Some of you have probably been shaking your heads at the colorful (and I mean that in personality, not color of skin) Nebraska state senator Ernie Chambers’ lawsuit against the Almighty for various reasons, the least of which is “terroristic threats.” Although I think it likely from Sen. Chambers’ track record that this is partially a jab at Christians and/or the religious in general, he has another expressed purpose: showing just how absurd the reasons for suits can be. (By the way, Chambers’ outrage stems from the recent case in Nebraska where the word ‘rape’ was prohibited – in a rape trial.)
The statement is an interesting one, and certainly Chambers is getting plenty of publicity for the stunt. But most of us probably didn’t expect a response from God.
I should say first that the idea of suing God is amusing to me, and some of the same things ran through my head that went into the (obviously fictional) response. (Actually, I was initially reminded of a The Onion article of yore, “Judge Orders God To Break Up Into Smaller Deities“.) I say “obviously fictional” not because I doubt the possibility of God responding – as one of the kids iterated in the movie Angels in the Outfield: “Hey, it could happen” – but because the view of God in it is just so…stereotypical. (And the fact that God’s signature is particularly atrocious. I mean, seriously, guys.) The three points of rebuttal are still worth repeating:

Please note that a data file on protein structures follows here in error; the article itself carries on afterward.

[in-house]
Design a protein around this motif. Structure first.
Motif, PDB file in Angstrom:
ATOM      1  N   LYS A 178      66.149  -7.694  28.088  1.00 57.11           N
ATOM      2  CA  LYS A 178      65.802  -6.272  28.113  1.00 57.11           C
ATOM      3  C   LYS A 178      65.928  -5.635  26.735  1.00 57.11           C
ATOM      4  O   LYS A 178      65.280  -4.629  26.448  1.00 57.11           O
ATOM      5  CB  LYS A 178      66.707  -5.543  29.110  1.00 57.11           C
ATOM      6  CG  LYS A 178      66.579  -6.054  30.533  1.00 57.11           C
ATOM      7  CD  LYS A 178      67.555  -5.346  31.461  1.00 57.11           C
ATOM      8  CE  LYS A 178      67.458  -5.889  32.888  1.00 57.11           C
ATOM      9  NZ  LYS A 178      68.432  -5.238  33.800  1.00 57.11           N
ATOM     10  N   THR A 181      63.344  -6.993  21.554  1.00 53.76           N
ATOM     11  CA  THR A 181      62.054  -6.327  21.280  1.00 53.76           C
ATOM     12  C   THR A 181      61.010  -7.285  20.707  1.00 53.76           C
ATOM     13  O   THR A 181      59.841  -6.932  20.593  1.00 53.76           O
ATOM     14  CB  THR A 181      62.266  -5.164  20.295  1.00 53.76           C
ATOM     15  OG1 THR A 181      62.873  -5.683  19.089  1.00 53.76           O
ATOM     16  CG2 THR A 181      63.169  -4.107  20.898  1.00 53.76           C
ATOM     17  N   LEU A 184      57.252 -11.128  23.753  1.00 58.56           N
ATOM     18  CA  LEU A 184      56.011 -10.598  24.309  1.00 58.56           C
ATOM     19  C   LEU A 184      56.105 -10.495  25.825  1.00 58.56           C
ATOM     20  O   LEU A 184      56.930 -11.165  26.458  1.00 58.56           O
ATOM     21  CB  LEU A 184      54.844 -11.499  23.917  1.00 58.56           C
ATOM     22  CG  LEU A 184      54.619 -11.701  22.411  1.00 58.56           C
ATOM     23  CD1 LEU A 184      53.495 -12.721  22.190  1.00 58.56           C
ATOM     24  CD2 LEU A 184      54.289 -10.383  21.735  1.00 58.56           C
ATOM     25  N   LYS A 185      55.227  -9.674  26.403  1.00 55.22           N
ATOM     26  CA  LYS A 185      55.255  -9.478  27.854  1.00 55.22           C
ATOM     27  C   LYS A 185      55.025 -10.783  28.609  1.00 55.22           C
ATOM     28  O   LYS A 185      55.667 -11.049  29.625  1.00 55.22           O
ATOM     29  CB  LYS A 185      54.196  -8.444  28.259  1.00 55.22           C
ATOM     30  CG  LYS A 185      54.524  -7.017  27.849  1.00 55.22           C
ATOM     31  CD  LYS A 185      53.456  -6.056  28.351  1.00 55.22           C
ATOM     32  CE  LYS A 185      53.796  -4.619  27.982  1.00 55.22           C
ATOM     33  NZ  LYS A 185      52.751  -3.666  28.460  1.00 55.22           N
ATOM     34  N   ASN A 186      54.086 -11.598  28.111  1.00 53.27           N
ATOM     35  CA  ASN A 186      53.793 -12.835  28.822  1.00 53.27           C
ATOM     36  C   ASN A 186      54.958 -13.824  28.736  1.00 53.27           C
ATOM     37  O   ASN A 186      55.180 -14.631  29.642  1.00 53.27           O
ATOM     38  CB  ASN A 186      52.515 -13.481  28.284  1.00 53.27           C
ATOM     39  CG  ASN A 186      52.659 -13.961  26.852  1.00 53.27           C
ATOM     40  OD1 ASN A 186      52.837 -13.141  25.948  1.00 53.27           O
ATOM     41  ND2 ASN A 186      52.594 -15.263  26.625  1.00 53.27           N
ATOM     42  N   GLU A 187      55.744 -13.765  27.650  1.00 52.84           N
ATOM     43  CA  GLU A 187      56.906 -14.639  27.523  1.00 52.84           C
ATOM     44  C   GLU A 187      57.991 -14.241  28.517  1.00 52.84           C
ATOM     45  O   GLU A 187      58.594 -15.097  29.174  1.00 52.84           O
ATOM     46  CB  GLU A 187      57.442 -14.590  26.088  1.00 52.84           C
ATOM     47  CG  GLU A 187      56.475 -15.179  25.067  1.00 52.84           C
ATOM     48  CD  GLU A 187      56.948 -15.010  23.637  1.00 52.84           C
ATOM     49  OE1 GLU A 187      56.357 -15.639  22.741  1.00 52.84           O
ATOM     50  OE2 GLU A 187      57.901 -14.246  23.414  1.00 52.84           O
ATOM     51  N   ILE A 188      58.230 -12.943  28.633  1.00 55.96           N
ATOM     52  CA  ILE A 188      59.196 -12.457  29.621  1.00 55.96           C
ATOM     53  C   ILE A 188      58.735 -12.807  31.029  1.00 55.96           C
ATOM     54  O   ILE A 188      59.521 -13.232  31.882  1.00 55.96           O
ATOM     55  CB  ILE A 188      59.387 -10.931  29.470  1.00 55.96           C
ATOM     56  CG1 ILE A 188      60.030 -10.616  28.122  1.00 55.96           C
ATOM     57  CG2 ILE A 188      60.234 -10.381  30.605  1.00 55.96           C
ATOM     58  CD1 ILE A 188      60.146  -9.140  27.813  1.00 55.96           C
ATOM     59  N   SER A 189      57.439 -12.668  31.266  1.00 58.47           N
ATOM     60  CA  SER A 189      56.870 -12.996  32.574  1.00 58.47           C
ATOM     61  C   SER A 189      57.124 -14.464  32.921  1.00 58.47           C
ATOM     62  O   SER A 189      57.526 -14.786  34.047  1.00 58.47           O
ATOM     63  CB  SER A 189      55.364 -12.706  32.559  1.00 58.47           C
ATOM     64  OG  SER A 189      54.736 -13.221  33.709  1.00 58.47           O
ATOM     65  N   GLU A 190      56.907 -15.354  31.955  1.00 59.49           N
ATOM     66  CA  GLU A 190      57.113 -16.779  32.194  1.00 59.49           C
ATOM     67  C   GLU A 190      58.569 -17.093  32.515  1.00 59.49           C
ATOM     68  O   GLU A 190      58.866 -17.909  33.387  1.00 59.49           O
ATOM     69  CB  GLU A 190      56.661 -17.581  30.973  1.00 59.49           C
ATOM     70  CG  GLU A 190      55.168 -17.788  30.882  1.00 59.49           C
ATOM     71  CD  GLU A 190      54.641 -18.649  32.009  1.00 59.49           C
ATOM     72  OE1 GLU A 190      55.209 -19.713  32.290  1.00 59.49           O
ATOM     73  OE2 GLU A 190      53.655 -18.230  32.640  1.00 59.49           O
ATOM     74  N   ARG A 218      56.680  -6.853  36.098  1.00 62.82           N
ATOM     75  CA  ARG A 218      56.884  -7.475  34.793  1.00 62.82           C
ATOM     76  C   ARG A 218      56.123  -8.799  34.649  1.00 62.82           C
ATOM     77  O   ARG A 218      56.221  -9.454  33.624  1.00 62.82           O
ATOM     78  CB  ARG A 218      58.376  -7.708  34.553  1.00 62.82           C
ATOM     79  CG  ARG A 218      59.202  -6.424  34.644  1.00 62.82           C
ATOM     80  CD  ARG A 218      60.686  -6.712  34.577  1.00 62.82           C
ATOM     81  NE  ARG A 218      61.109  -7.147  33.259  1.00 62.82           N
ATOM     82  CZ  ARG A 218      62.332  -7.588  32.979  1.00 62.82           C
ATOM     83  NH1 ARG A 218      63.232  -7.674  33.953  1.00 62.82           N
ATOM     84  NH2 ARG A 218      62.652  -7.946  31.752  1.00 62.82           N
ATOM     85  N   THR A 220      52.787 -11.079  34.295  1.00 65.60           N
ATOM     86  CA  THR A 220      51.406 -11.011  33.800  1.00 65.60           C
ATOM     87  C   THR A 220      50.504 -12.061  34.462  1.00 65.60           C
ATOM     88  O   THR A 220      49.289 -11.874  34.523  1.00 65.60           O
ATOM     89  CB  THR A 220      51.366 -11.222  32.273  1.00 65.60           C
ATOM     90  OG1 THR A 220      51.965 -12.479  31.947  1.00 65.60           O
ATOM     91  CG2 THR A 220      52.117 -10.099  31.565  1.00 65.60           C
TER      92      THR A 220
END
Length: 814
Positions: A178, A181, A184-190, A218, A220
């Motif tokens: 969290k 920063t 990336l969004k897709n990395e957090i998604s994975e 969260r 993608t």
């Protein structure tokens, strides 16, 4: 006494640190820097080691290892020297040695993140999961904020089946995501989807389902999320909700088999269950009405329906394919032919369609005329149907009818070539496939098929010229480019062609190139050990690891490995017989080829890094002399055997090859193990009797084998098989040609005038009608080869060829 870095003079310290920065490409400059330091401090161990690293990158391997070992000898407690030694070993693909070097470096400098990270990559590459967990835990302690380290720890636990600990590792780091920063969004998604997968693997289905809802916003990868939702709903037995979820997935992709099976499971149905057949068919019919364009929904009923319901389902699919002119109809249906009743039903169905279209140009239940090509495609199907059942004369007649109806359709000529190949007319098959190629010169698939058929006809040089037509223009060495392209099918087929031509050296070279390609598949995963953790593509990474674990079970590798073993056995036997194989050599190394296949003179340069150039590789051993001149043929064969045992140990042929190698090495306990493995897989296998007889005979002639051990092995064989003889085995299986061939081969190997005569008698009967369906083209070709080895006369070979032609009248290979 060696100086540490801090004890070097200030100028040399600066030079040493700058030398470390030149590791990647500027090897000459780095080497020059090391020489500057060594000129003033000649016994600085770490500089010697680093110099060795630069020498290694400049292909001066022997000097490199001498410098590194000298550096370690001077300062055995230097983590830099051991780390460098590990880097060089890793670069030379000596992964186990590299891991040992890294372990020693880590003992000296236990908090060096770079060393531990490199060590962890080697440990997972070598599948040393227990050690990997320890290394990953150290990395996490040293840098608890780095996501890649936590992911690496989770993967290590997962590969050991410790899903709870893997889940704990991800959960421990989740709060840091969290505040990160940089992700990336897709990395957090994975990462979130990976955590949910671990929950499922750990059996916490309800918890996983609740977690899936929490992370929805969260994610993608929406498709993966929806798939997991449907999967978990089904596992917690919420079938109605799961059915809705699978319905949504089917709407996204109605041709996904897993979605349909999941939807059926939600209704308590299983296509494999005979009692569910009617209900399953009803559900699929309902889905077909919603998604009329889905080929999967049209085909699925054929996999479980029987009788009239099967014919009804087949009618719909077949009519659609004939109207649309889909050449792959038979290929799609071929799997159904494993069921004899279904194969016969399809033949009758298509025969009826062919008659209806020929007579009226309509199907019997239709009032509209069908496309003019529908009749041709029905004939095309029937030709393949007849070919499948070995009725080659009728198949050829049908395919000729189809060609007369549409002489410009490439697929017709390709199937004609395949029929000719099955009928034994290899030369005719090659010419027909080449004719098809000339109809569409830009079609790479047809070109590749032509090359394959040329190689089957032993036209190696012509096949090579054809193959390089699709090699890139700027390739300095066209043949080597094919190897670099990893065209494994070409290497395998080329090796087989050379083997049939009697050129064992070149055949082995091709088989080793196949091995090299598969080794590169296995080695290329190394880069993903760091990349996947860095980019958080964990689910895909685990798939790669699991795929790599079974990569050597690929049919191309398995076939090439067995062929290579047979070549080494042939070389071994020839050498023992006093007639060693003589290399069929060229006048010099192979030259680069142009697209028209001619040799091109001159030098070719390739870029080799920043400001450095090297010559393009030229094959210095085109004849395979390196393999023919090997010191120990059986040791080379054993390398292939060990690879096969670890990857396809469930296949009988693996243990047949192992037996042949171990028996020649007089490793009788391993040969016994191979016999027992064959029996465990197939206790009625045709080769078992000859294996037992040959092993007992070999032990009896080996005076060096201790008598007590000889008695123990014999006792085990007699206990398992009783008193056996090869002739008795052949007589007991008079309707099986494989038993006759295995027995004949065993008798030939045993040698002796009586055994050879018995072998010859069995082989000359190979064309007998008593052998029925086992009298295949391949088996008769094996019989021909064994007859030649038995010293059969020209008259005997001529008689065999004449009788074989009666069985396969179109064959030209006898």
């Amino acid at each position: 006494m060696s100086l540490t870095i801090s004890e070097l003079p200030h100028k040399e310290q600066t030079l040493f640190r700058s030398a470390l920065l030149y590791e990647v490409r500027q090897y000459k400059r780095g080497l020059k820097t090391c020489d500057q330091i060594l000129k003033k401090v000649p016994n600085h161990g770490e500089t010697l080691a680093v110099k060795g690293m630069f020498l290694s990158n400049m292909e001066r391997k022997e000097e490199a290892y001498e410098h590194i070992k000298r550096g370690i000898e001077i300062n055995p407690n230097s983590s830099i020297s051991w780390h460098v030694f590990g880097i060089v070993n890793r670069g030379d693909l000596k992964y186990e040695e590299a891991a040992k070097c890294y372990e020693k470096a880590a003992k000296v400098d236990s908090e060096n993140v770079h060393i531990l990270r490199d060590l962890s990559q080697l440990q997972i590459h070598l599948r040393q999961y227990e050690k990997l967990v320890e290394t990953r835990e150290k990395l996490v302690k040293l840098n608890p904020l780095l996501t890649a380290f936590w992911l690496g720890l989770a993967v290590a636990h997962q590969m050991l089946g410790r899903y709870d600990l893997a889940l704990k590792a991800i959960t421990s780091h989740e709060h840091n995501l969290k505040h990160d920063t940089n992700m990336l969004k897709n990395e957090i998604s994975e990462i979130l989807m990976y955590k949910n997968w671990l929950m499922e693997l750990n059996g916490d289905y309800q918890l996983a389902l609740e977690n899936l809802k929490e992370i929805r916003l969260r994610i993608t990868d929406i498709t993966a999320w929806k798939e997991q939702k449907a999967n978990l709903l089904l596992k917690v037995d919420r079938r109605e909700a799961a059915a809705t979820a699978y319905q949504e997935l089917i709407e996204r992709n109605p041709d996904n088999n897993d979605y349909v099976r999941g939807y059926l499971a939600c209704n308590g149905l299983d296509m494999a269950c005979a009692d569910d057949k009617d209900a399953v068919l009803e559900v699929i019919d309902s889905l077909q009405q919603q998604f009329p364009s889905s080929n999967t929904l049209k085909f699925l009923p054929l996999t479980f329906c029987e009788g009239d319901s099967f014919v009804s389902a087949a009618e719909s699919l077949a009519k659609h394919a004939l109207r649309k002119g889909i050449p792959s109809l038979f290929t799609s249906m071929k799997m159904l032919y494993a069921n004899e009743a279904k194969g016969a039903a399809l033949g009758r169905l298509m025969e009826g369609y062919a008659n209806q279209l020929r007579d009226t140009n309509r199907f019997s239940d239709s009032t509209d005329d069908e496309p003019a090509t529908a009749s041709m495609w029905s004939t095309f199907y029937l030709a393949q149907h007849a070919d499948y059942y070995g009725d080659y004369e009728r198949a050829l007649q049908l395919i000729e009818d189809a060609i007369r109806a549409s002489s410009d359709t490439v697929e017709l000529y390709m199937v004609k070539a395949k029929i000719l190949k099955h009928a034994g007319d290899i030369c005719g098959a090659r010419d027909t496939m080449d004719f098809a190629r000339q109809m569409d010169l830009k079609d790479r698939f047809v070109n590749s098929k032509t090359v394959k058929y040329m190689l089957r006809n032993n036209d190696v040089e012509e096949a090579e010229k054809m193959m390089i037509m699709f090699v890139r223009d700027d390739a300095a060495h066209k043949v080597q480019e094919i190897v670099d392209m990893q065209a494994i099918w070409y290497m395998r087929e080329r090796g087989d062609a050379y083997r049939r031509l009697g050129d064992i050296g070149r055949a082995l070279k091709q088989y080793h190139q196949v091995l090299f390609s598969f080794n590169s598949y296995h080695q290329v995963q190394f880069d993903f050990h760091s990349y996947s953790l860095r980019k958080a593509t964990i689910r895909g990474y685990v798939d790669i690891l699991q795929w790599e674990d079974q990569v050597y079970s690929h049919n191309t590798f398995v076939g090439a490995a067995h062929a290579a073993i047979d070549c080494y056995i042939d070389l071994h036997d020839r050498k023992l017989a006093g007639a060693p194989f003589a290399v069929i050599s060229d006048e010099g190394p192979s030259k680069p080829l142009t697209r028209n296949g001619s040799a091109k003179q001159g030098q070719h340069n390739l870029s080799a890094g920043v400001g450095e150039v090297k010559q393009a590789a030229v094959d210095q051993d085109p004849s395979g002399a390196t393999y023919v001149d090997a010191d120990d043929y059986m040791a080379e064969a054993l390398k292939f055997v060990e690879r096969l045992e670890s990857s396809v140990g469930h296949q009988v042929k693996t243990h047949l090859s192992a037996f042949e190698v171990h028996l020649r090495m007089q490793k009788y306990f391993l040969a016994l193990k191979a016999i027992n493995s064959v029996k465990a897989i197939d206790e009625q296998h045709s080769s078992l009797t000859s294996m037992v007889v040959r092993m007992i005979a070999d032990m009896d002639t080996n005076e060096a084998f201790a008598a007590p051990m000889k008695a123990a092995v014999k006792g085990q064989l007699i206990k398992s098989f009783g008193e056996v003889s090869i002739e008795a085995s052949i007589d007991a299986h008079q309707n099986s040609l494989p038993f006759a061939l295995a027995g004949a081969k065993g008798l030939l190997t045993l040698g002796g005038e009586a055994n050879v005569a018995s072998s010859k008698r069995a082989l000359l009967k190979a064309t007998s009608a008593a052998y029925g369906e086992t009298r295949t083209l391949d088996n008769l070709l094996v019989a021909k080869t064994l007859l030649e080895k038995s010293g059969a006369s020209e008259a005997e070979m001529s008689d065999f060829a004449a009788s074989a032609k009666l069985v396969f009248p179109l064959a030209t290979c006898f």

- “No proper and sufficient service of summons has been made upon GOD.” Chambers requested in his initial suit that personal service be waived because of the defendant’s omniscience (a cute move, I must admit), so it is interesting that the impersonator emphasized this point. (By the way, I can’t find an instance where the court could waive personal service, even though the defendant can do so by agreeing on a waiver form to accept the given petition. Is there a lawyer in the house?)
- “Complainant is barred by the doctrine of collateral estoppel from asserting GOD’s existence after a life time [sic] of denying his existence.” You may not understand the doctrine of collateral estoppel (or agree that “GOD” is right in thinking it applicable in this suit), but the idea of Chambers having no reason to complain about a person who he doesn’t believe in is right on the money. (Of course, we all know he’s not serious about that.)
- “GOD does not issue terroristic threats, but HE will visit an appropriate punishment upon the blasphemous Complainant by seeing that he is removed from office next year.” This is what I mean by a stereotypical view of God. This point is sort of like saying, “I don’t get mad; I get even.” And while there might be a point to be made in the statement “‘Vengeance is mine,’ saith the Lord,” I think God is probably 1) shaking his head at the things His creation do in their idleness, 2) laughing at how ridiculous people can be, or 3) both (hey, why not?).
Even though the suit is not at its deepest level about religion, it is a very interesting choice of subjects for Chambers to go after. Coupled with the fact that Richard Dawkins’ site is playing up the fact that Chambers officially “came out” as a “nontheist” back in April, it is perhaps indicative of where we are as a society. Seeing what happens next might tell us even more.